If you are divorced or in the process of a divorce, you probably already know that regardless of how amicable your divorce is, your kids will have a hard time with it. A divided family, the stress of two homes, and the new routines that come with now having two homes can be very hard on kids! As a parent, of course you want the best for your children, and their needs, both physical and psychological, typically come before your own. Respecting your children’s needs during the adjustment period during and after a divorce can help their well-being tremendously. Here are some tips to help ensure your children weather the divorce process without undue stress:
Limit the children’s exposure to conflict and hostility. Whether they visibly show it or not, badmouthing your Ex in front of your kids will tear them apart. The same goes for burdening them with your relationship problems or making them feel “put in the middle”. We don’t mean to sound harsh, but these problems are yours to deal with, not theirs! Don’t forget they are just children, even if they are teenagers.
Maintain their relationship with both parents. Your child loves you both, and it is in their best interest to spend time and keep their relationships with both parents, unless there is some sort of abusive situation being addressed.
Protect them from hurtful information. Divorces can definitely bring out the worst in people’s behavior, but your children don’t need to hear about it. Be careful about apologizing for the other parent as well, as this implies a negative judgment on your part.
Keep them informed of things that affect them. If you’re planning to move, get remarried, or undergo any other major life change, informing your children ahead of time will give them time to process the information and help the adjustment period.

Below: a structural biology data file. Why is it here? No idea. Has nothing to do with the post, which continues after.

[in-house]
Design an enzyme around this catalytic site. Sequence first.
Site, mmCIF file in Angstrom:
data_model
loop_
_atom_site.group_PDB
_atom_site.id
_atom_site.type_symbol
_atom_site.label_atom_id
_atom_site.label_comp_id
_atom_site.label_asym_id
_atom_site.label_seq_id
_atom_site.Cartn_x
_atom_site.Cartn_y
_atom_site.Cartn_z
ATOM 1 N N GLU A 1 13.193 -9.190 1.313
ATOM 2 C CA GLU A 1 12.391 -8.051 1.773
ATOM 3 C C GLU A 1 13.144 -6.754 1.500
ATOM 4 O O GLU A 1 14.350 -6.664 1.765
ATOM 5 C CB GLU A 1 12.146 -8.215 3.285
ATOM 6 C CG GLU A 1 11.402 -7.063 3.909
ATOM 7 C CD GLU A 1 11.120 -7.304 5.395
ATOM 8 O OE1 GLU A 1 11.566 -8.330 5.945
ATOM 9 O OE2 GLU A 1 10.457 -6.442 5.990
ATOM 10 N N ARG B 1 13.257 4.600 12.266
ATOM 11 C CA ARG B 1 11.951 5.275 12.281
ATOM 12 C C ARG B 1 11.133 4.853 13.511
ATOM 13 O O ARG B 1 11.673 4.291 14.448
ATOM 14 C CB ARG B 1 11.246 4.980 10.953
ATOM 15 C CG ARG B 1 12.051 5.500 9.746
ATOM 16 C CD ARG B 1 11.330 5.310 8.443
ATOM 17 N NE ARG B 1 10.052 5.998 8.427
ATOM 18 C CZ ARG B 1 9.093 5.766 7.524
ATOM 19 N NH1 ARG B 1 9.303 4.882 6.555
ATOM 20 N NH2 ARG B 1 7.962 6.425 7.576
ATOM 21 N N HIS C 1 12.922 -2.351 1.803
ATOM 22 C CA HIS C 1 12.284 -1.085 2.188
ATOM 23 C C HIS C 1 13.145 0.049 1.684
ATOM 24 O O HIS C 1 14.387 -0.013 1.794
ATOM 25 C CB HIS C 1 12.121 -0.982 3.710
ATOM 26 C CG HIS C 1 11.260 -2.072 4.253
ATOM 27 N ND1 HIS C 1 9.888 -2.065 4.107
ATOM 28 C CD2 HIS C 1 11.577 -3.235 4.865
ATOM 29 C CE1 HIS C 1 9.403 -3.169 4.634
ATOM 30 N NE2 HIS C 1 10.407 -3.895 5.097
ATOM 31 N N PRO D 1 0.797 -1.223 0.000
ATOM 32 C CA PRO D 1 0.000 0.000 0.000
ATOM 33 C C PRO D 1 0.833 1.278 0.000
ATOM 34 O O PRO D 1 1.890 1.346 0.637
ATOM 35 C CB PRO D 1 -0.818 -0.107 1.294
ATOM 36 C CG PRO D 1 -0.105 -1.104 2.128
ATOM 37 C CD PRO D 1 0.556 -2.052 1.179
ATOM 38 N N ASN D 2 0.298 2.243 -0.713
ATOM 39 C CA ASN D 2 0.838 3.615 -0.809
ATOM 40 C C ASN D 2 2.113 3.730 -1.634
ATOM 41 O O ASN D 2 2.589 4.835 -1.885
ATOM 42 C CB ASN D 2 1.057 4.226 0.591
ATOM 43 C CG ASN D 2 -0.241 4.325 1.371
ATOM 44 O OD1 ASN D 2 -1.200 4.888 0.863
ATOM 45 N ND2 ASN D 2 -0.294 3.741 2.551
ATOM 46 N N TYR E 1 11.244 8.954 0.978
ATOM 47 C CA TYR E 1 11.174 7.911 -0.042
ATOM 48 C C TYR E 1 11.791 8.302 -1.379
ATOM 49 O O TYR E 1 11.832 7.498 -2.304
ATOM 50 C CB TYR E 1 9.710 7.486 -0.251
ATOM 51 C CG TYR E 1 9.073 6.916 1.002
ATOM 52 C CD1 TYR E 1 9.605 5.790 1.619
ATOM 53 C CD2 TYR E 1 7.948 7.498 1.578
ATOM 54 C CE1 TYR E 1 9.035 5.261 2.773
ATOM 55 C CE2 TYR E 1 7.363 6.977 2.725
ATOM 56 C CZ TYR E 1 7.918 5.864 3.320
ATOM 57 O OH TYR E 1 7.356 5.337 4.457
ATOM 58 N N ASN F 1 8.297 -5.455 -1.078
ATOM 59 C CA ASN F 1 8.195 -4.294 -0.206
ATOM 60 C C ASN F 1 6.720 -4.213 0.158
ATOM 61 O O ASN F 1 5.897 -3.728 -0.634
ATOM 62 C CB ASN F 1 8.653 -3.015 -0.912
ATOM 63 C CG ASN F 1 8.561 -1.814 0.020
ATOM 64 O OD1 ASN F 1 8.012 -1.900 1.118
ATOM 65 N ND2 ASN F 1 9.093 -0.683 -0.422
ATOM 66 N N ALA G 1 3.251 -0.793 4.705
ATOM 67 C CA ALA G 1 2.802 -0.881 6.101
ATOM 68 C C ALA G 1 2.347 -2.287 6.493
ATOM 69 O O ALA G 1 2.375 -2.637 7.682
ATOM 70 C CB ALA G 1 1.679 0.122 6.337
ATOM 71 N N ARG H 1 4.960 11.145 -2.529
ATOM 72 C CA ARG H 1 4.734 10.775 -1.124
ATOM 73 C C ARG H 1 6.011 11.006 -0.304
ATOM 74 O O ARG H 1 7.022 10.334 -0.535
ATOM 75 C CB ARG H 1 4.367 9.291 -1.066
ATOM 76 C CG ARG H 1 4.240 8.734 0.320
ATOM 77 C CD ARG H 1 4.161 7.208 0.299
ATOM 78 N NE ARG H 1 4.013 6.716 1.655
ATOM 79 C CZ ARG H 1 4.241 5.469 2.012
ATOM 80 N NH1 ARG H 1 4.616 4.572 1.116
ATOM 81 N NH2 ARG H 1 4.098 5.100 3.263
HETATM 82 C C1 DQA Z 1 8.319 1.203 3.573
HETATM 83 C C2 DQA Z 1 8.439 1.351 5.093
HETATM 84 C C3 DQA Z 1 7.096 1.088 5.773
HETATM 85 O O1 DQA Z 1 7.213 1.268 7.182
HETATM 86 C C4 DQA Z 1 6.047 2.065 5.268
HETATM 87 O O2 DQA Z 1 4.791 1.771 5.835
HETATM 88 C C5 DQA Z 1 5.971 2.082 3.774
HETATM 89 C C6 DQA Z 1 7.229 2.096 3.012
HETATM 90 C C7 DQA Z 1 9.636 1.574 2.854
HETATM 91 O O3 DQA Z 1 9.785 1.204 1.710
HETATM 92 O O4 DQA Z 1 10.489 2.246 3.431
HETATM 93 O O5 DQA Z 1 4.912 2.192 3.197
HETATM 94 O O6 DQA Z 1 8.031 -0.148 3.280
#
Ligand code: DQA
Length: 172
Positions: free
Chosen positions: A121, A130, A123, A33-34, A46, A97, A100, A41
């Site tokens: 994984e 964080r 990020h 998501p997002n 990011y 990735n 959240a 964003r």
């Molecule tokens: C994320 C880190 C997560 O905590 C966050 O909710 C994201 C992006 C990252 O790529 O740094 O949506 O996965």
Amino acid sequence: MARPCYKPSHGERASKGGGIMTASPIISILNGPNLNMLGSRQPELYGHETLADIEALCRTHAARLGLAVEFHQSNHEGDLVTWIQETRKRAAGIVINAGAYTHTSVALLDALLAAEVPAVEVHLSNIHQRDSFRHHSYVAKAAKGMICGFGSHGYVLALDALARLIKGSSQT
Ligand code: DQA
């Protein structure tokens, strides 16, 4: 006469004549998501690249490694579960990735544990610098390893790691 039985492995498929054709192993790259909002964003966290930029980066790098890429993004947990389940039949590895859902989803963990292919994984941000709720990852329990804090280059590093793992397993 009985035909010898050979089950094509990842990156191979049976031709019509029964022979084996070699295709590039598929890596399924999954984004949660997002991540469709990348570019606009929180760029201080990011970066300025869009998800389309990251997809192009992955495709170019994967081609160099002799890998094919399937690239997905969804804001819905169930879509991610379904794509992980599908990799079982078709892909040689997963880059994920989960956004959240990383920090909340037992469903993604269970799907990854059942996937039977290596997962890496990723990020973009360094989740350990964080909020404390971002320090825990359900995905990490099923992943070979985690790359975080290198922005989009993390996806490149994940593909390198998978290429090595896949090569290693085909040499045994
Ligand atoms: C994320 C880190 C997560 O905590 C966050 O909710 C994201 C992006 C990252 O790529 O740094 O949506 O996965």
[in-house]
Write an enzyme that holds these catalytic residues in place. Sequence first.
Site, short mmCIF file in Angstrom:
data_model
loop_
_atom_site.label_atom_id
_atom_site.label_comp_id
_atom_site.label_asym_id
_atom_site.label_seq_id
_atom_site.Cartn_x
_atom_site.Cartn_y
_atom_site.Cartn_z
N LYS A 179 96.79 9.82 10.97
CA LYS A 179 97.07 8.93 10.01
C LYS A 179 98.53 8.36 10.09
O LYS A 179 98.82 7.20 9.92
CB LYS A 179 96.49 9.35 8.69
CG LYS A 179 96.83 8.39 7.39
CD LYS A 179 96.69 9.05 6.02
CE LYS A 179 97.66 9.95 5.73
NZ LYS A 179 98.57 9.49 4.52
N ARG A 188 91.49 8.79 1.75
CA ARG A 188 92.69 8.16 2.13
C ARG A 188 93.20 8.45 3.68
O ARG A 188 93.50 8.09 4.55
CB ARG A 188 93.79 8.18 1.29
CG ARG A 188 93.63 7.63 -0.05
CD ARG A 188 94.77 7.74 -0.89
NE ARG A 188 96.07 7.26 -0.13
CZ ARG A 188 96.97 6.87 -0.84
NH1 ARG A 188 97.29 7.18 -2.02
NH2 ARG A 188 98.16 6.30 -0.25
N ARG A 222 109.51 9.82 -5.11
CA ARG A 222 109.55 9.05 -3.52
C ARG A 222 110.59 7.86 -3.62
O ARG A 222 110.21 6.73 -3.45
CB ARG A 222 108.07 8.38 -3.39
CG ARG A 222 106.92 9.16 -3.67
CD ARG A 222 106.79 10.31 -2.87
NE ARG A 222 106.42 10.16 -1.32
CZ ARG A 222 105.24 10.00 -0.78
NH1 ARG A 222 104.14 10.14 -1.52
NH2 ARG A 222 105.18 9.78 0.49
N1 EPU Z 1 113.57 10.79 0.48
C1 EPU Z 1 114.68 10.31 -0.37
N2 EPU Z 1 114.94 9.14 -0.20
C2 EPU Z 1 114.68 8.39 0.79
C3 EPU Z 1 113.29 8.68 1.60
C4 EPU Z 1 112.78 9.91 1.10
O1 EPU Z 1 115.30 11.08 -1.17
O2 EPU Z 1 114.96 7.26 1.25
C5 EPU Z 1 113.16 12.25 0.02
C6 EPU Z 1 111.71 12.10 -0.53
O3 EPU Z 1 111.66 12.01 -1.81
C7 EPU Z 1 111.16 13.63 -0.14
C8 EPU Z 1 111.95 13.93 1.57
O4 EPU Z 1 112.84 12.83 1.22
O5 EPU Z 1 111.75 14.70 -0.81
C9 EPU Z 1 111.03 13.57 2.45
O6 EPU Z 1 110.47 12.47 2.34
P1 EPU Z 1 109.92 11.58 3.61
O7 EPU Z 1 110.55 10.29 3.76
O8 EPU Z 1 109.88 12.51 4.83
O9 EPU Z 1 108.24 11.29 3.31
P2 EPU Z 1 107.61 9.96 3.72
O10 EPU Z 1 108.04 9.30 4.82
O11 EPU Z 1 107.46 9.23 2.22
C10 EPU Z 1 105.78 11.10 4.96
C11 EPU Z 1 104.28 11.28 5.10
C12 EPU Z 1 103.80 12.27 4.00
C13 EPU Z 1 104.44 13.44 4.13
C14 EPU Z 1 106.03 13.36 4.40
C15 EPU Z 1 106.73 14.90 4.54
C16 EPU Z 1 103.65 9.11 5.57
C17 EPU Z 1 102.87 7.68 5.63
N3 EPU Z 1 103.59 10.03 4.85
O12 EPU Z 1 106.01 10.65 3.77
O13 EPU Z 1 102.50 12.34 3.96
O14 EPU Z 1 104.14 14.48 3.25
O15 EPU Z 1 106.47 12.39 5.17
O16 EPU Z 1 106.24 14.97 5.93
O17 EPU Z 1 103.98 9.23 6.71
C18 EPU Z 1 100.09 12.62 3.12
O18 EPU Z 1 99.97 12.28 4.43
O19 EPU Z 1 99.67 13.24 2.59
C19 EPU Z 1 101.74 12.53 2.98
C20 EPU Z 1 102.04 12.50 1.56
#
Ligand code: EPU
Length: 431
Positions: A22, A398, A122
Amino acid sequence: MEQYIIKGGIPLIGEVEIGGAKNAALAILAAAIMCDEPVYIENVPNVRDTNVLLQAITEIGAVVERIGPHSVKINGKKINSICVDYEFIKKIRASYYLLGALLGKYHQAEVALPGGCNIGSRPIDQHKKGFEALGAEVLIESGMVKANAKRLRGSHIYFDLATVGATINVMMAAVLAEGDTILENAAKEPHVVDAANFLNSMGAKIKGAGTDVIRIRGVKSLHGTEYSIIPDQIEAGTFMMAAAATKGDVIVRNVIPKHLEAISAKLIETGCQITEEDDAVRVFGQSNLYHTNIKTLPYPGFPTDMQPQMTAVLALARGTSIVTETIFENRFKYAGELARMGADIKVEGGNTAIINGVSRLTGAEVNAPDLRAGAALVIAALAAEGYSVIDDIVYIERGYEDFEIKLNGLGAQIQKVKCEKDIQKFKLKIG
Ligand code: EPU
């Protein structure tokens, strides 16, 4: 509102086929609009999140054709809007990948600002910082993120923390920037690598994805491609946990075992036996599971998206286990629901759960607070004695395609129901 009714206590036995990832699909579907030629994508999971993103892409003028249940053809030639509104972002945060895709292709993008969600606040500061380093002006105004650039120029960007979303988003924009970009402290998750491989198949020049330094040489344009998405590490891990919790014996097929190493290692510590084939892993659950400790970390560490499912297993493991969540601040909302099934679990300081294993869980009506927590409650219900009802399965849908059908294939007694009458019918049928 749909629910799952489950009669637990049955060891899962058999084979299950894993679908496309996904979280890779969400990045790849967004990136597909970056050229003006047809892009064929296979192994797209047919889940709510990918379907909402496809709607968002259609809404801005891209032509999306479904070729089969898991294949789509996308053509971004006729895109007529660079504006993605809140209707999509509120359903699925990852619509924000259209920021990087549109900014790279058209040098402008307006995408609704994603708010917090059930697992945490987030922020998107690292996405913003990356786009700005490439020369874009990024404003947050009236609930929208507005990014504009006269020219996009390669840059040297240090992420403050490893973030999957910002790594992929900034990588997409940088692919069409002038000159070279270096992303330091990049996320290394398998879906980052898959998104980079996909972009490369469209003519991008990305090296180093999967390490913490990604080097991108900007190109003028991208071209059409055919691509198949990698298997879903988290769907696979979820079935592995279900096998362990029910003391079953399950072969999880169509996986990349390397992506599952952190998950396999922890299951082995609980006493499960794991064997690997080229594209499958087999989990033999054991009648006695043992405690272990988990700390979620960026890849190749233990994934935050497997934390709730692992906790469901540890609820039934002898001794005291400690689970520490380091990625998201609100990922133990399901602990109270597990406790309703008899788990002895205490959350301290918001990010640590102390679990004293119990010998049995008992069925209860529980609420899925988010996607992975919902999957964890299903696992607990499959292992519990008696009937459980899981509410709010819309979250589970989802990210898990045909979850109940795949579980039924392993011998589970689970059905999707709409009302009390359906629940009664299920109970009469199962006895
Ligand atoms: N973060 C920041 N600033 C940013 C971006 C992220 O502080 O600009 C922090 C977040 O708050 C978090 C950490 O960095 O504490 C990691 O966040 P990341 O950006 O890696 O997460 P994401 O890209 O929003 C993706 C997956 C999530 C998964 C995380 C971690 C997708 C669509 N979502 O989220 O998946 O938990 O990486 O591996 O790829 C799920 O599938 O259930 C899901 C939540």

Maintain firm limits and boundaries. Sometimes parents’ guilt regarding their divorce tempts them to let things slide in regards to behavior, chores, homework, etc. Your children, though, need to see that not everything is changing. They need to know that your expectations for them do not change, even though many things in their life may be changing.
Have patience. Chances are that you are likely struggling emotionally as well during this difficult time, and patience may be hard to come by. Try to remember, though, that your children didn’t choose this situation, and they may feel like things are completely out of their control (which they are). This means they will need your love and support to work through any control issues that may arise during this emotional transitional time.
Let them be children. More than ever, cherish your time with your children, have fun, and continue to do the fun things they love to do. Explore some new activities, develop new traditions, and maybe even encourage them to choose some new activities or places visit. Both you and your children will benefit from playful activities and fun times!
We hope these tips help. As always, feel free to contact us if you have any questions. We are here to help!